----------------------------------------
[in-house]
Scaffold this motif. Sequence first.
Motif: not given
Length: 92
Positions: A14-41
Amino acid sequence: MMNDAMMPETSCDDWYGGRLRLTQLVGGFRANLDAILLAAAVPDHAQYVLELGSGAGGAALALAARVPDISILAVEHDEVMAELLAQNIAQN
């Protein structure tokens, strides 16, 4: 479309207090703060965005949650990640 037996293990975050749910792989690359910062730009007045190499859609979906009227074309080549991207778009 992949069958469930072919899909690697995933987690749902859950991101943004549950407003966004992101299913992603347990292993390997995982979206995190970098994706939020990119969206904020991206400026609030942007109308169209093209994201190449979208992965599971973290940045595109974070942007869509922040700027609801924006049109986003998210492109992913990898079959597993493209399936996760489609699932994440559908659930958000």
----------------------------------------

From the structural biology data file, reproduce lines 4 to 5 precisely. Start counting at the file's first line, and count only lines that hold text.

Length: 92
Positions: A14-41